Open Surgical Biopsies – The most invasive type of biopsy, a surgeon will make larger incisions and remove larger samples from the patient. Open surgical biopsies are only performed if the endoscopic biopsy isn’t clear enough. There are two different open surgical biopsy methods that are dependant on whether the tumor is in the chest or abdominal cavity.
There’s a lot to learn about a mesothelioma diagnosis. Fortunately, we have plenty of resources available at a moment’s notice.
Typically, there are 4 teaspoons of fluid between the lung and chest cavities, also known as the “pleural space.” The amount of fluid in this space typically remains unchanged, unless there’s a present illness that can cause that amount to go up. When this happens, pleural effusion occurs, making it much more laborious to breathe. Pleural effusion can be a condition all on its own or a complication of mesothelioma. Your doctor will perform thoracentesis to find out the exact cause and determine the best treatment plan moving forward.
Thoracentesis involves the health professional mildly numbing the incision area, then inserting a hollow needle between the ribs to measure or remove excess fluid from the pleural space. This procedure is a diagnostic technique but also used for palliative care, as removal of excess fluid can relieve chest pain, ease shortness of breath, and loosen up the pressure in the lungs. This procedure is used for mesothelioma as well as to detect other illnesses, such as COPD, blood clots, or even congestive heart failure.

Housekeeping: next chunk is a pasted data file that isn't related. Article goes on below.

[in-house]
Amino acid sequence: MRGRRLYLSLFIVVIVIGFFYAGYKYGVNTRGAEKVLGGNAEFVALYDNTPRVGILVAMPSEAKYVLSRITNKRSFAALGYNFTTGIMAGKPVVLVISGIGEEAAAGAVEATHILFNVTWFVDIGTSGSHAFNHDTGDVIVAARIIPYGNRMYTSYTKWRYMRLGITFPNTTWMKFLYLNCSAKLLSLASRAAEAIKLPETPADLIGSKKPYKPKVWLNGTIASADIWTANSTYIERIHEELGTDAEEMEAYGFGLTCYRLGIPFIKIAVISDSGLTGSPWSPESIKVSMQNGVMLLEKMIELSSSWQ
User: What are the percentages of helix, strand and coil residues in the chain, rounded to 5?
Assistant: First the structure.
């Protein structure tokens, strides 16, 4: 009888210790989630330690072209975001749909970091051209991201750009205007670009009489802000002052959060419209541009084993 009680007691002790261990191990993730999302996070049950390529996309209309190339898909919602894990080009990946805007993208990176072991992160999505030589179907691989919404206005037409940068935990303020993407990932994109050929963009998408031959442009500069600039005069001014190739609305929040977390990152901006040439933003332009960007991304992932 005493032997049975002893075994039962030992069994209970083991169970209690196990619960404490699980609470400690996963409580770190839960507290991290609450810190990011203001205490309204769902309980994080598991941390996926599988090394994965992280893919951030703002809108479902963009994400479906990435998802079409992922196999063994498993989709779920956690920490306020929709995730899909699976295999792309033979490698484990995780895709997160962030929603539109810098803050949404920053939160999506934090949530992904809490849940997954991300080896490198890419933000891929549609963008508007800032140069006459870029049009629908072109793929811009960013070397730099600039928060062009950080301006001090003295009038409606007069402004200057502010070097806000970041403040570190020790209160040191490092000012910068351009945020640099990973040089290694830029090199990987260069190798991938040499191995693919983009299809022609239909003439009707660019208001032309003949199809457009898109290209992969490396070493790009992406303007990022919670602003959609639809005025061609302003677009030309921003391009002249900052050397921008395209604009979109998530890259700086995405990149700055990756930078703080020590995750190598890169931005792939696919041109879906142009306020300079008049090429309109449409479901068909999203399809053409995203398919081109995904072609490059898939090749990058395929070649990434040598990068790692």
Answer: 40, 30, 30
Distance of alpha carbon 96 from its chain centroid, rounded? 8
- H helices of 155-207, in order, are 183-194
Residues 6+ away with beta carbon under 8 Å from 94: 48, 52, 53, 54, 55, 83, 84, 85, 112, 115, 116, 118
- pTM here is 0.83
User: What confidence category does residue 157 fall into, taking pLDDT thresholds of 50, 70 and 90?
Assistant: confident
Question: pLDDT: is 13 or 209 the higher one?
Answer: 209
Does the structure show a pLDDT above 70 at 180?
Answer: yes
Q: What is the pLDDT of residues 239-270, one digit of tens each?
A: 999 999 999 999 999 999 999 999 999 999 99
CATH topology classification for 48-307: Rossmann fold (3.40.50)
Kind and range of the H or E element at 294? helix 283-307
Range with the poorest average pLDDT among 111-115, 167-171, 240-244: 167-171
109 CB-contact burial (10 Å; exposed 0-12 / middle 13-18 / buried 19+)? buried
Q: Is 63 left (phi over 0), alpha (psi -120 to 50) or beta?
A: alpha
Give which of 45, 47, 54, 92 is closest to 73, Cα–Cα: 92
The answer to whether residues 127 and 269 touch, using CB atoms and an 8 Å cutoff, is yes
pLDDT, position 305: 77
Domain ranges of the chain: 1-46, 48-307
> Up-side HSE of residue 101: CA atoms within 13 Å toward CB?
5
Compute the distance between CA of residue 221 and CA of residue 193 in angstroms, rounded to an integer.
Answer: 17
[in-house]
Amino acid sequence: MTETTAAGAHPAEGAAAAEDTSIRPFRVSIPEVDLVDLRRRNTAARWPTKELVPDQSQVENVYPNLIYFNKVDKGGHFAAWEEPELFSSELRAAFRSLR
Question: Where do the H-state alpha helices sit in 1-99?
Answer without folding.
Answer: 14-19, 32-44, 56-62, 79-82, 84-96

Thoracentesis Side-Effects and Risks
As with many medical procedures, there’s always some risk involved. The level of risk is based on the patient’s overall health, stage of the disease, and other factors that a doctor can relay. The thoracentesis procedure also comes with a chance of side-effects. Call your doctor if you experience any of the below side-effects:
- Breathing trouble
- Chest pain
- Fever over 100.4F
- Redness, swelling, blood, or other fluid leaking from the needle site
Rare complications and risks from thoracentesis can include:
- More fluid in the lungs, otherwise known as pulmonary edema
- Pneumothorax, or collapsed lung
- Infection at the needle site
- Liver or spleen injury (even more rare)
Your doctor can recommend best practices for preparing for the procedure that can further protect you from the above risks and side-effects.
Preparing for Thoracentesis
Besides your doctor’s recommendations, there are a few steps you can take to make sure you are well prepared for the procedure. Some ways you can prepare:
- Making a list of all medications and supplements you may be taking. Take note of all your allergies, including any you may have to anesthesia.
- Alerting your doctor if you think you may be pregnant
- Scheduling someone to drive you home after the procedure in case you’re groggy from the numbing medicine you are given.
Chat with Your Doctor
If you are experiencing any mesothelioma symptoms, visit your doctor immediately. They will examine you and determine the best method for diagnosis or even palliative care if needed. Ask your doctor to explain anything you may find confusing or irregular, and don’t be afraid to seek a second opinion if you continue to have doubts.